Making Work Friends On Virtual Teams
Making Work Friends On Virtual Teams
Steve Pao
May 26, 2022

I feel very lucky. I get to work with friends.

Of course, the research backs up the importance of having work friends, not only for our well-being but also for retention. However, as we continue to embrace virtual teams and working remotely, how do we cultivate making work friends when apart?

Challenges of Place and Time

Personally, I have some fond memories of different food-related experiences with work friends back when we were all face-to-face. Some highlights:

  • The 911 challenge at University Chicken (née Cluck U). Coworkers would have to sign a waiver to attempt to get their pictures on the wall!
  • First-day lunches at Casa Lupe where we had a tradition of having new hires don a sombrero and sing a song to the restaurant. (Half the fun was seeing what songs people could remember the words to, including Happy Birthday, School House Rock, America the Beautiful, the Brady Bunch Theme, etc.) 
  • After-work outings to Aqui to get an industrial swirl margarita. The limit imposed by the restaurant is 2, but even that’s too much for my genetics!

These were all easy things to do back when we were all together in the same office. Zoom events (like Happy Hours) were a good attempt but suffered from a couple of limitations:


An obvious challenge to cultivating work friends is a commonality of experience. For food-related experiences, every place is different. While there may be hot chicken wings or Cal-Mex places elsewhere, it’s tough to build a common experience. Creative approaches have included mailing drink or recipe kits to everyone to create and enjoy on their own. One of my friends’ companies gives everyone DoorDash credits to do virtual lunches together, but everyone has a different experience.


Zoom events often don’t work well across time zones. The people in our Zoom Happy Hour pictured above are in three different time zones across 4 cities — Ann Arbor, Tucson, Carmel, and Portland. (I’m the one looking down trying to hit command (⌘)-shift-3 on my Mac while toasting everyone!)  This call here happened at 4pm Eastern, 2pm Mountain, and 1pm Pacific — not necessarily ideal Happy Hour time for everyone involved, as some of us had to immediately get back to work!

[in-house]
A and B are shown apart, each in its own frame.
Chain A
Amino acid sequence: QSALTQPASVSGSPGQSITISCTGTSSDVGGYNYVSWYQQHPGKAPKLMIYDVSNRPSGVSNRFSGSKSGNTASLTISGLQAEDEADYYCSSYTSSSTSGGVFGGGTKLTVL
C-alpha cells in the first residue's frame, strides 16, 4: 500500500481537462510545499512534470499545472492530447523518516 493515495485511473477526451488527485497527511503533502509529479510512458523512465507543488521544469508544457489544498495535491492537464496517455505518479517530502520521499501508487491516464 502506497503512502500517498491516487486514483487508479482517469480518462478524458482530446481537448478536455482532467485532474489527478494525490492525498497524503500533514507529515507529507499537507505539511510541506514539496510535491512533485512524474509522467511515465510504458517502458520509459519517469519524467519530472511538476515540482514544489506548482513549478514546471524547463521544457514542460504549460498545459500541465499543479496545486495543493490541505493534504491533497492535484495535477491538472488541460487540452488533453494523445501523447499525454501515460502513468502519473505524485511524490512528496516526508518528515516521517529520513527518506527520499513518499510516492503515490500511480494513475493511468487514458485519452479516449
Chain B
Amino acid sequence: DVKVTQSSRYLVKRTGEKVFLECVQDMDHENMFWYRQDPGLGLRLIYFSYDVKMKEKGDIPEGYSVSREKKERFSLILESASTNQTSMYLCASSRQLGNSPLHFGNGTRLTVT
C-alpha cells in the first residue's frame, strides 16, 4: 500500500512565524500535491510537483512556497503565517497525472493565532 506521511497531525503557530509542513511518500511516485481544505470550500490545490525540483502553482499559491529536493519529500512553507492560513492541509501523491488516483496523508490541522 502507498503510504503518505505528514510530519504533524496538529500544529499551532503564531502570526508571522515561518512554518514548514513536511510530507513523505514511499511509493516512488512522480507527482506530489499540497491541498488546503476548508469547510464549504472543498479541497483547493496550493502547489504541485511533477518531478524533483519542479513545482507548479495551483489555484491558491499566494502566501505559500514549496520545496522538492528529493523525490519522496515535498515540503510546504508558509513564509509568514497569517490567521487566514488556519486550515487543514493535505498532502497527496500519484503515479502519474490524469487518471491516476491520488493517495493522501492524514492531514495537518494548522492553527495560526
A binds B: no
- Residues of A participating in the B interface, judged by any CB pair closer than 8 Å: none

The Idea:  Winning the Taco Bell Challenge

Years ago, my coworker Lindsay Snider issued a Taco Bell challenge. At the time, the challenge was the ability to eat $20 worth of Taco Bell in one sitting. If you could do it, he would buy. I watched a former coworker (who will remain unnamed) try to do this once — unsuccessfully. It was not a pretty sight.

With recent inflation, Lindsay upped the challenge to $25. This challenge still seemed really hard. That is, until Doja Cat led the return of the Mexican Pizza.

With some careful analysis, I realized that this challenge was now doable. 4 Mexican pizzas with extra onions, lettuce, and guacamole came out to $25.36. 

Using the Mexican Pizza to win the Taco Bell Challenge

The calorie count was only 2,260 (565 calories for each Mexican pizza with guacamole). With my Basic Metabolism Rate (BMR) at about 1,600 calories, I’d only need to burn 660 calories to “break even” for the day, and this wouldn’t be gross after all!  I could burn well over 660 calories by RUNNING to Taco Bell and walking it home.

5.39 mile run to Taco Bell
Over 700 calories and ready for the Taco Bell Challenge!


What I love about the Taco Bell challenge is that Taco Bell is everywhere (One of my favorite references in one of my favorite movies — Demolition Man — was that every restaurant was Taco Bell!)  Everyone can do the Taco Bell challenge from every location and have the same experience.

Taco Bell transcends concerns of "Place"


Motivated by my wife's newfound video editing skills making her YouTube cooking channel, I decided I’d make a video of myself doing it to keep the challenge alive and entertain my coworkers. In the same spirit of our asynchronous work we do on Slack, Google Drive, Shortcut, and GitHub, I thought I could “give” to my coworkers by making a video of me winning the Taco Bell Challenge for them to watch at their leisure. 

Here’s the video!

Using Ampll in our Environment

This was just one social experiment, as we continue to look for different ways to bond as a team. Of course, I used Ampll as a channel to foster the micro-interactions between work friends.

You’ll notice that Ampll logged my run to Taco Bell using our (beta) iOS integration with Apple Health. Completing my run with NRC (Nike Run Club) automatically submitted the workout to Ampll and logged a gain on my timeline once I got to Taco Bell.

My run got submitted to Ampll through Apple Health

Once I finished eating and WINNING my Taco Bell Challenge, you’ll notice that I logged a boost right from my phone.

Logging a boost via Ampll iOS app (beta)

Later that day after returning to my computer to work, I felt really good when my colleague Ian sent me a Reward Bolt using Ampll to recognize my accomplishment.

Ampll Reward Bolt delivered to my Mac

Anyway, this is just a day in the life here inside of our company and trying new things to bring our team together. Let us know what ideas you have!

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Steve Pao

Steve Pao is Chief Product Officer at Ampll and a member of the Harvard Business Review Advisory Council, an opt-in research community of business professionals. Prior to Ampll, Steve was an early employee and product executive at two companies that did IPOs (Latitude Communications in 1999 and Barracuda Networks in 2013). Steve is a proud "empty nester" and lives in Portland, OR with his wife whom he met in 7th grade German class.

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